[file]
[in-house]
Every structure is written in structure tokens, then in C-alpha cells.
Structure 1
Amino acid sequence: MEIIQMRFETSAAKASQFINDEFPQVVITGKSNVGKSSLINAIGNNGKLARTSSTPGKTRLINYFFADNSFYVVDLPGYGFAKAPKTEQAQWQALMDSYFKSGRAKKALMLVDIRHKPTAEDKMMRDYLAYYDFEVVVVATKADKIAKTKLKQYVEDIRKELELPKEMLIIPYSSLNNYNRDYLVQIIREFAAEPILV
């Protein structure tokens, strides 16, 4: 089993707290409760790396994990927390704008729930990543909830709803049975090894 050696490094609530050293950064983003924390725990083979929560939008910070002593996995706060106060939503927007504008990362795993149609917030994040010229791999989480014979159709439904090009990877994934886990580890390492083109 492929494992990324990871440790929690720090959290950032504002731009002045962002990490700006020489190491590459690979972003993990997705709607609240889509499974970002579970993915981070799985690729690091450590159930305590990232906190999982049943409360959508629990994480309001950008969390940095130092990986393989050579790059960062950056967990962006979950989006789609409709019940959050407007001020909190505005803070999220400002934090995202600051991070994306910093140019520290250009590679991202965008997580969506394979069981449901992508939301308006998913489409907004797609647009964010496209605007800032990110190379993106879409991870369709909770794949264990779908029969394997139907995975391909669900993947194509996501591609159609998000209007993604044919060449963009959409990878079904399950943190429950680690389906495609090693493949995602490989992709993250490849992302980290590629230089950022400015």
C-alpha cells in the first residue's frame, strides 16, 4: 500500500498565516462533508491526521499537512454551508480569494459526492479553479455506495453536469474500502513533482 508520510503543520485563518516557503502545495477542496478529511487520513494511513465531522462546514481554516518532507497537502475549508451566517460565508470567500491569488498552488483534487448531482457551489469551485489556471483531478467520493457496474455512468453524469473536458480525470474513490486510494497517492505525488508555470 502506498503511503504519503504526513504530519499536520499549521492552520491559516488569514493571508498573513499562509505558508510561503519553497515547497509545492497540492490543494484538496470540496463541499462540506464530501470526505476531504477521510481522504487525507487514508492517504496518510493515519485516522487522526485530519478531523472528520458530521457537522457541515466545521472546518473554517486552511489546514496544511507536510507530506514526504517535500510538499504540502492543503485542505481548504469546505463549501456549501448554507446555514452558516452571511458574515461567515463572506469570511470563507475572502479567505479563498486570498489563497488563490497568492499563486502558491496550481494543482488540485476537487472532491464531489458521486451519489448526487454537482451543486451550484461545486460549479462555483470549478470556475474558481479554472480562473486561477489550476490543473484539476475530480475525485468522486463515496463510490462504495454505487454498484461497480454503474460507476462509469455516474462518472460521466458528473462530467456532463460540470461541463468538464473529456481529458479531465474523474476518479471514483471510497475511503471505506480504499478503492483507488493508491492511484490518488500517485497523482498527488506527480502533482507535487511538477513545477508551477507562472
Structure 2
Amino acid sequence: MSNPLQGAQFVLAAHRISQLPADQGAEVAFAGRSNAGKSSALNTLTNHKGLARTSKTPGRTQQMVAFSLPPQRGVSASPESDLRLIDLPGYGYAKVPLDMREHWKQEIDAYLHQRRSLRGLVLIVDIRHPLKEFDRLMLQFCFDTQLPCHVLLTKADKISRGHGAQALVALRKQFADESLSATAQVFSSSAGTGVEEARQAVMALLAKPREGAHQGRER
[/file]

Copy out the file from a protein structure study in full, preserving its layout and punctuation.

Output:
[in-house]
Every structure is written in structure tokens, then in C-alpha cells.
Structure 1
Amino acid sequence: MEIIQMRFETSAAKASQFINDEFPQVVITGKSNVGKSSLINAIGNNGKLARTSSTPGKTRLINYFFADNSFYVVDLPGYGFAKAPKTEQAQWQALMDSYFKSGRAKKALMLVDIRHKPTAEDKMMRDYLAYYDFEVVVVATKADKIAKTKLKQYVEDIRKELELPKEMLIIPYSSLNNYNRDYLVQIIREFAAEPILV
């Protein structure tokens, strides 16, 4: 089993707290409760790396994990927390704008729930990543909830709803049975090894 050696490094609530050293950064983003924390725990083979929560939008910070002593996995706060106060939503927007504008990362795993149609917030994040010229791999989480014979159709439904090009990877994934886990580890390492083109 492929494992990324990871440790929690720090959290950032504002731009002045962002990490700006020489190491590459690979972003993990997705709607609240889509499974970002579970993915981070799985690729690091450590159930305590990232906190999982049943409360959508629990994480309001950008969390940095130092990986393989050579790059960062950056967990962006979950989006789609409709019940959050407007001020909190505005803070999220400002934090995202600051991070994306910093140019520290250009590679991202965008997580969506394979069981449901992508939301308006998913489409907004797609647009964010496209605007800032990110190379993106879409991870369709909770794949264990779908029969394997139907995975391909669900993947194509996501591609159609998000209007993604044919060449963009959409990878079904399950943190429950680690389906495609090693493949995602490989992709993250490849992302980290590629230089950022400015």
C-alpha cells in the first residue's frame, strides 16, 4: 500500500498565516462533508491526521499537512454551508480569494459526492479553479455506495453536469474500502513533482 508520510503543520485563518516557503502545495477542496478529511487520513494511513465531522462546514481554516518532507497537502475549508451566517460565508470567500491569488498552488483534487448531482457551489469551485489556471483531478467520493457496474455512468453524469473536458480525470474513490486510494497517492505525488508555470 502506498503511503504519503504526513504530519499536520499549521492552520491559516488569514493571508498573513499562509505558508510561503519553497515547497509545492497540492490543494484538496470540496463541499462540506464530501470526505476531504477521510481522504487525507487514508492517504496518510493515519485516522487522526485530519478531523472528520458530521457537522457541515466545521472546518473554517486552511489546514496544511507536510507530506514526504517535500510538499504540502492543503485542505481548504469546505463549501456549501448554507446555514452558516452571511458574515461567515463572506469570511470563507475572502479567505479563498486570498489563497488563490497568492499563486502558491496550481494543482488540485476537487472532491464531489458521486451519489448526487454537482451543486451550484461545486460549479462555483470549478470556475474558481479554472480562473486561477489550476490543473484539476475530480475525485468522486463515496463510490462504495454505487454498484461497480454503474460507476462509469455516474462518472460521466458528473462530467456532463460540470461541463468538464473529456481529458479531465474523474476518479471514483471510497475511503471505506480504499478503492483507488493508491492511484490518488500517485497523482498527488506527480502533482507535487511538477513545477508551477507562472
Structure 2
Amino acid sequence: MSNPLQGAQFVLAAHRISQLPADQGAEVAFAGRSNAGKSSALNTLTNHKGLARTSKTPGRTQQMVAFSLPPQRGVSASPESDLRLIDLPGYGYAKVPLDMREHWKQEIDAYLHQRRSLRGLVLIVDIRHPLKEFDRLMLQFCFDTQLPCHVLLTKADKISRGHGAQALVALRKQFADESLSATAQVFSSSAGTGVEEARQAVMALLAKPREGAHQGRER